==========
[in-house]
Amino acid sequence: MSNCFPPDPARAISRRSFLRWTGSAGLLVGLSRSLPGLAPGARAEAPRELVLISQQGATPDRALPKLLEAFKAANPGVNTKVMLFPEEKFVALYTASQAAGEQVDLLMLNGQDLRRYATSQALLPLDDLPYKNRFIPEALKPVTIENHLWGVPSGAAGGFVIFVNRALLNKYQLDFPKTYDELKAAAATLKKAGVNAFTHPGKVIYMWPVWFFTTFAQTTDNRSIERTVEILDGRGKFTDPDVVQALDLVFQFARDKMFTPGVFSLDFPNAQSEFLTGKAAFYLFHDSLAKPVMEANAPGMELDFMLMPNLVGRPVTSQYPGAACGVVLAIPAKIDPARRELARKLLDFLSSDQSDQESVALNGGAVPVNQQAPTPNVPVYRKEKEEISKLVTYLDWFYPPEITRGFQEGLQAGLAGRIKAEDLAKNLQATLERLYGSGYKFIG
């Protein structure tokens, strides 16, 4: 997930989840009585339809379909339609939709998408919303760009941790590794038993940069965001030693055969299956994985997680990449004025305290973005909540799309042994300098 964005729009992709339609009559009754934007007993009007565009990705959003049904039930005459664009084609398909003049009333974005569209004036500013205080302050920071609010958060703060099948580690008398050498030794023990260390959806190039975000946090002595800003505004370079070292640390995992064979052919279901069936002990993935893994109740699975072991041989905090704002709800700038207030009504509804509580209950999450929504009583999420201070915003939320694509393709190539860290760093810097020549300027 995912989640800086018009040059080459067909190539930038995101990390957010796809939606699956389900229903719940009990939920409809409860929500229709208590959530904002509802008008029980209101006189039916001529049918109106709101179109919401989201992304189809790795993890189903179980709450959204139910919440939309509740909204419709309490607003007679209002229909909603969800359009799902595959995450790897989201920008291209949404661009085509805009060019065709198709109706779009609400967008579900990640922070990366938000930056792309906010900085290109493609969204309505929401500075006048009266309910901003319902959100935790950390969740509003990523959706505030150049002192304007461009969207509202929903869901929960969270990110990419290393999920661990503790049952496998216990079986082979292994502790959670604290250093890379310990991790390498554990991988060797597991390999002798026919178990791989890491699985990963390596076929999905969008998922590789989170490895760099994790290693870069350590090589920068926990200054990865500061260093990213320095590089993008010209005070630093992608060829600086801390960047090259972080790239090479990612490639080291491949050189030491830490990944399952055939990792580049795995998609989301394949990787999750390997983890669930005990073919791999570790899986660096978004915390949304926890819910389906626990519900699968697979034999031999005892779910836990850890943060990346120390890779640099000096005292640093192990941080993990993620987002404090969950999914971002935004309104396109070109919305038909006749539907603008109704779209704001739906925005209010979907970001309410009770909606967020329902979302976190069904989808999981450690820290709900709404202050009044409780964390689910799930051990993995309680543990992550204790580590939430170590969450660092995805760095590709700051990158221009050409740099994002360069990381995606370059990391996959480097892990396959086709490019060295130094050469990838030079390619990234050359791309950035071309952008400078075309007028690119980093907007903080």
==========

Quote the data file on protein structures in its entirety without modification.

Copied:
[in-house]
Amino acid sequence: MSNCFPPDPARAISRRSFLRWTGSAGLLVGLSRSLPGLAPGARAEAPRELVLISQQGATPDRALPKLLEAFKAANPGVNTKVMLFPEEKFVALYTASQAAGEQVDLLMLNGQDLRRYATSQALLPLDDLPYKNRFIPEALKPVTIENHLWGVPSGAAGGFVIFVNRALLNKYQLDFPKTYDELKAAAATLKKAGVNAFTHPGKVIYMWPVWFFTTFAQTTDNRSIERTVEILDGRGKFTDPDVVQALDLVFQFARDKMFTPGVFSLDFPNAQSEFLTGKAAFYLFHDSLAKPVMEANAPGMELDFMLMPNLVGRPVTSQYPGAACGVVLAIPAKIDPARRELARKLLDFLSSDQSDQESVALNGGAVPVNQQAPTPNVPVYRKEKEEISKLVTYLDWFYPPEITRGFQEGLQAGLAGRIKAEDLAKNLQATLERLYGSGYKFIG
């Protein structure tokens, strides 16, 4: 997930989840009585339809379909339609939709998408919303760009941790590794038993940069965001030693055969299956994985997680990449004025305290973005909540799309042994300098 964005729009992709339609009559009754934007007993009007565009990705959003049904039930005459664009084609398909003049009333974005569209004036500013205080302050920071609010958060703060099948580690008398050498030794023990260390959806190039975000946090002595800003505004370079070292640390995992064979052919279901069936002990993935893994109740699975072991041989905090704002709800700038207030009504509804509580209950999450929504009583999420201070915003939320694509393709190539860290760093810097020549300027 995912989640800086018009040059080459067909190539930038995101990390957010796809939606699956389900229903719940009990939920409809409860929500229709208590959530904002509802008008029980209101006189039916001529049918109106709101179109919401989201992304189809790795993890189903179980709450959204139910919440939309509740909204419709309490607003007679209002229909909603969800359009799902595959995450790897989201920008291209949404661009085509805009060019065709198709109706779009609400967008579900990640922070990366938000930056792309906010900085290109493609969204309505929401500075006048009266309910901003319902959100935790950390969740509003990523959706505030150049002192304007461009969207509202929903869901929960969270990110990419290393999920661990503790049952496998216990079986082979292994502790959670604290250093890379310990991790390498554990991988060797597991390999002798026919178990791989890491699985990963390596076929999905969008998922590789989170490895760099994790290693870069350590090589920068926990200054990865500061260093990213320095590089993008010209005070630093992608060829600086801390960047090259972080790239090479990612490639080291491949050189030491830490990944399952055939990792580049795995998609989301394949990787999750390997983890669930005990073919791999570790899986660096978004915390949304926890819910389906626990519900699968697979034999031999005892779910836990850890943060990346120390890779640099000096005292640093192990941080993990993620987002404090969950999914971002935004309104396109070109919305038909006749539907603008109704779209704001739906925005209010979907970001309410009770909606967020329902979302976190069904989808999981450690820290709900709404202050009044409780964390689910799930051990993995309680543990992550204790580590939430170590969450660092995805760095590709700051990158221009050409740099994002360069990381995606370059990391996959480097892990396959086709490019060295130094050469990838030079390619990234050359791309950035071309952008400078075309007028690119980093907007903080």